• The referring page a user came from (REFERER).
  • Entry and exit URLs (the most common first and last pages requested within unique sessions).

There are many more potential reports and aggregations than listed above. Information such as common click trails of users, or the response in relation to a marketing campaign, start to touch the area of data warehousing. This information is typically a subject for larger, distinct projects. Simple log reporting and analytics cannot answer those advanced questions.

Reporting with open source tools

There is a wide range of commercial and open source site analysis and reporting tools available. The example report below uses the popular Open Source AWStats package.

Introducing the example

The example creates one simple report called This Month's Top Pages. This report should provide a graph of the pages that have been requested within a particular time period. It will show the name of the page and the access count (number of times that page has been requested).

Turning on the instrumentation

Start by enabling the relevant instrumentation in WebSphere Portal:

  • Enable logger by setting the following values in the WebSphere Application Server admin console.


    Usually the settings are already there; they just need to be set to the new values. (For the details of this procedure, see the Setting configuration properties topic in the Portal WebSphere V6 Information Center.)

  • Restart WebSphere Portal.
  • Make a few requests against the portal and then check that sa.log contains new records.

Installing and configuration AWStats

AWStats comes with extensive information about installing it. For the sake of our example, we will only use the offline analysis. Therefore, it is enough to:

  1. Download AWStats.

  2. Unzip the package into a directory.

  3. Configure a site according to the documentation. For example, create awstats.localhost.conf (with localhost being the site name) and change the following configuration statements:

    LogFile="C:\Program Files\IBM\Portal51UTE\PortalServer\log\sa.log"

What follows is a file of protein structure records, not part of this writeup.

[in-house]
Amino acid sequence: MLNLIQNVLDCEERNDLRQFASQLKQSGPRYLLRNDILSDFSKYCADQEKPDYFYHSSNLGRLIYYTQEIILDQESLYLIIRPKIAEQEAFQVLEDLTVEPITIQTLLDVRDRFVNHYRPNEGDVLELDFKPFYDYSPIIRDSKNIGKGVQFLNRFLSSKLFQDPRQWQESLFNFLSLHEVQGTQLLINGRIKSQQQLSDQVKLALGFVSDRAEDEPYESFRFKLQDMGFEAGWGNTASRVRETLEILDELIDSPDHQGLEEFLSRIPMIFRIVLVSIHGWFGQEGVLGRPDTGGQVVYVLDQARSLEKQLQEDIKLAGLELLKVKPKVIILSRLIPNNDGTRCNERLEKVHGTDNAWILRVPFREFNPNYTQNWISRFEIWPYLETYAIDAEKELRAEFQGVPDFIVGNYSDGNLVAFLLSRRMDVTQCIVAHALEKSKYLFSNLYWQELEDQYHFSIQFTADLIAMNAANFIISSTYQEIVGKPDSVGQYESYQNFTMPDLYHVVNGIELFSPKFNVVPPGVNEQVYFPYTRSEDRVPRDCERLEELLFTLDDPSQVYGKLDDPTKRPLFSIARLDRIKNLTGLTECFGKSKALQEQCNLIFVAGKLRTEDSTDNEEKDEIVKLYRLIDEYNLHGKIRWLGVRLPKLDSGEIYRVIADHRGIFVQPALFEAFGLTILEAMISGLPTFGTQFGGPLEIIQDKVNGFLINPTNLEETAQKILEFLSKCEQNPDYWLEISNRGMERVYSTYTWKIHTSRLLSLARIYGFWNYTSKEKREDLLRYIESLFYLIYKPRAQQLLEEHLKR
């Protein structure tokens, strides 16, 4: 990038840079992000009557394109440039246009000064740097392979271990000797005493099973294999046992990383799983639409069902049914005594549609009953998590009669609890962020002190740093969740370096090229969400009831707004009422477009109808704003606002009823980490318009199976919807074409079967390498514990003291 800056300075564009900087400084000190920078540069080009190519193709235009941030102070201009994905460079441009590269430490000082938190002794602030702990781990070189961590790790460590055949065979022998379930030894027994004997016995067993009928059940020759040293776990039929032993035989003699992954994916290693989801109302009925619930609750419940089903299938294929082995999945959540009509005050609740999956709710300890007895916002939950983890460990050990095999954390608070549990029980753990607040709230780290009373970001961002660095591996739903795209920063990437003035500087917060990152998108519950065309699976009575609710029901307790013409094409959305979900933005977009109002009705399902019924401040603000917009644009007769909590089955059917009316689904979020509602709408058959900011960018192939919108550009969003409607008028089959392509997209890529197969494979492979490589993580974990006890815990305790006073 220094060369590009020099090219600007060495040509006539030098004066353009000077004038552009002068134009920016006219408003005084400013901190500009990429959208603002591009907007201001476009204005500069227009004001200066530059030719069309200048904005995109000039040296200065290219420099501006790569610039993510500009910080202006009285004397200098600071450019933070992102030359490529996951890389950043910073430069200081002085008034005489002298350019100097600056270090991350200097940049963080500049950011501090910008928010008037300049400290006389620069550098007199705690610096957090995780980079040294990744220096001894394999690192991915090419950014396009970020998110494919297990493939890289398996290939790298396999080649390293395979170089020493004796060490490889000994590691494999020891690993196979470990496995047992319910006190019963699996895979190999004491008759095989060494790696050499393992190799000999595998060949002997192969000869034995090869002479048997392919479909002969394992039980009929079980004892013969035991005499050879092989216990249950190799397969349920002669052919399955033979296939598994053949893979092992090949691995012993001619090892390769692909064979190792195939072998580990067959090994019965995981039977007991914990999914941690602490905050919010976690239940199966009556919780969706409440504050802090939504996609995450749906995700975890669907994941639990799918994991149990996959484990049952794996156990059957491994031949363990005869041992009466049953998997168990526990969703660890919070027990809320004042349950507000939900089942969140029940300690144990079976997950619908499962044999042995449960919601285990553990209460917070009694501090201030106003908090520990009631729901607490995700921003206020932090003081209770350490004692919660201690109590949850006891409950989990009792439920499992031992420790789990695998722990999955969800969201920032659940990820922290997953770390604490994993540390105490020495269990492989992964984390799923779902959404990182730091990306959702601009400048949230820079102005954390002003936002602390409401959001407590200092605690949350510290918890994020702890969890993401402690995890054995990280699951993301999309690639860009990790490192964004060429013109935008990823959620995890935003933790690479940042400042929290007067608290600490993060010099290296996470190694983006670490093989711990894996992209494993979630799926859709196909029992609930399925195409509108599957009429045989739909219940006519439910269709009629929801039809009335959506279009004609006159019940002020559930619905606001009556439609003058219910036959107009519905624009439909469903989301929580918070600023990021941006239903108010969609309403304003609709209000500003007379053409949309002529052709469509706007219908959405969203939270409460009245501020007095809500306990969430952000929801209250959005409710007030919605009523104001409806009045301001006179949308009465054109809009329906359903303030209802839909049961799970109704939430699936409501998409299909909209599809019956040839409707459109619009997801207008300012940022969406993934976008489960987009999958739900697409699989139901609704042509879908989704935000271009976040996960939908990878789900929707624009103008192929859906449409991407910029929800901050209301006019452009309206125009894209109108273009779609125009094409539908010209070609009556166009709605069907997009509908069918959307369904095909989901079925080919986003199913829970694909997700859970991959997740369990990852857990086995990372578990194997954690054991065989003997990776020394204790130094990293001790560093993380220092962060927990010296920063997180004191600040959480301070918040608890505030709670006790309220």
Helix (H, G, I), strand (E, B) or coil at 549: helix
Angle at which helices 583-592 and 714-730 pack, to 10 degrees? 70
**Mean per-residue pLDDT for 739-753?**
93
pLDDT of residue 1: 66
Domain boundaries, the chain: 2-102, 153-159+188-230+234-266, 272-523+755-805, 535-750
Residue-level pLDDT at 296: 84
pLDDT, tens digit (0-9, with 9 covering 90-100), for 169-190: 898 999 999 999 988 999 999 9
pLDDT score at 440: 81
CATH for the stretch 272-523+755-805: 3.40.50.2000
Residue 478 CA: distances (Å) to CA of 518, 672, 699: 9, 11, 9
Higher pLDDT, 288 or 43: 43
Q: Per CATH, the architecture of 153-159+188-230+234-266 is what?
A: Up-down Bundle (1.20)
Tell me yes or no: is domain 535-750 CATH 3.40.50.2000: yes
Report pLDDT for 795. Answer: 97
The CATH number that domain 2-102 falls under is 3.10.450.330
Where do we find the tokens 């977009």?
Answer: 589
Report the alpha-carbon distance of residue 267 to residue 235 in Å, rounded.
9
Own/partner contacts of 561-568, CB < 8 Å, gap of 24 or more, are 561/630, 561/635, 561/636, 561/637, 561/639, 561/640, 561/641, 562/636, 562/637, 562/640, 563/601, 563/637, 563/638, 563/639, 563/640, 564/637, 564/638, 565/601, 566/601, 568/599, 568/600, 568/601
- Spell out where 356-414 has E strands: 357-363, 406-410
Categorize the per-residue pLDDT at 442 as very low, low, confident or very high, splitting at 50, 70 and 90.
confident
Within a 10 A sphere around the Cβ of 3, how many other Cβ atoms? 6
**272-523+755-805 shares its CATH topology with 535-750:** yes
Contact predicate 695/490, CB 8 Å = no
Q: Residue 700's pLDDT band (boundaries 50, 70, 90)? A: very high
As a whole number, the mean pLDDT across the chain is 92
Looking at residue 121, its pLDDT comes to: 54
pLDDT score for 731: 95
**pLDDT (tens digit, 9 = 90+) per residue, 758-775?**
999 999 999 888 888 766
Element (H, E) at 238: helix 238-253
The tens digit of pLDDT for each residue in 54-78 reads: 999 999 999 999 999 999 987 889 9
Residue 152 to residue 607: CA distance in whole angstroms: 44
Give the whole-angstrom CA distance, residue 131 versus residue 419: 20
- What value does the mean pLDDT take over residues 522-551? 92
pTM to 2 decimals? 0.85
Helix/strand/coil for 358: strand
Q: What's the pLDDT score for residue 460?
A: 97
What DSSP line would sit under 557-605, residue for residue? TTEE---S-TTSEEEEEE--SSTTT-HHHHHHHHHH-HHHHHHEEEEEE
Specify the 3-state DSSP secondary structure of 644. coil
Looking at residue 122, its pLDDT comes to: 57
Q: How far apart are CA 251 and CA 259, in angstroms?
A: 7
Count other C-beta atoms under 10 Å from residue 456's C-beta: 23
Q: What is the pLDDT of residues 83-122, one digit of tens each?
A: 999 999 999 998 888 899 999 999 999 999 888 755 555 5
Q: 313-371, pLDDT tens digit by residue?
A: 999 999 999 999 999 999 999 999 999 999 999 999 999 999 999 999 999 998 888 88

LogSeparator=" "
  4. Create the initial statistics database:

    perl -config=localhost -update

  5. Create the overview report as shown in Figure 1:

    perl -config=localhost -output -staticlinks > awstats.localhost.html

    Figure 1. Overview report generated by AWStats
    Figure 1. Overview report generated by AWStats

Testing the report

To see how different reports relate to different request schemes, you create a suite of test pages, test users, and test requests. Then you can see how AWStats analyzes and reports different request schemes.

Creating a test hierarchy of pages

First, set up a small, automated test that makes a number of requests against the portal. The report created from those calls should show exactly the requests we made.

To create the requests for this example, you use Apache's JMeter tool. To keep things simple, create a hierarchy of predefined portal pages to be called with JMeter. The structure of the example pages resembles parts of the home page:

Figure 2. Sample page hierarchy
Figure 2. Sample page hierarchy

Again, to keep the test simple, you can derive each page from a common template page. The download of the supporting files for this article contains an XMLAccess file (createPortalAnalysisTree.xml) that you can use to create the complete sample hierarchy.

Assign a URI mapping context to each page. This will ease the setup of JMeter quite a bit.

Creating a group of test users

In addition to showing requests to different pages, the example report should also show requests by different, authenticated users. XMLAccess supports the creation of users and groups as long as the user registry connection is configured for read/write access. The code archive in the download file contains an XMLAccess script (createPortalAnalyticsTestUsers.xml) that creates a number of test users and a group containing them.

The script that creates the sample page hierarchy assumes that group "Portal Analytics Test-Users" exists. The createPortalAnalyticsTestUsers.xml script creates that group, too.

Installing and configuring JMeter

JMeter ‎is a simple load test tool in Apache's Jakarta project. It's a pure Java tool that tests server performance using various protocols. In this example, we use its HTTP connection to create a series of requests against the portal. Then, we can use a (manual) correlation among the requests made by JMeter and the results logged by portal analytics to sa.log.

The examples in this article were created using JMeter 2.2, which you can download. After you have met all the prerequisites, you can start it from the bin subdirectory in the JMeter directory. The tool's main window will look similar to Figure 3.

Figure 3. The Jmeter main window
Figure 3. The Jmeter main window

The initial configuration primarily follows JMeter's user manual. You build the test plan to login with one of our test users (analyticsTest001 .. analyticsTest009), and then request the homepage. Without think time, the following requests ask for the product, services, support, and account pages. The iteration stops without logging out.

Without going into too much detail regarding how we configured JMeter, here are the main config items that are used to conduct the test: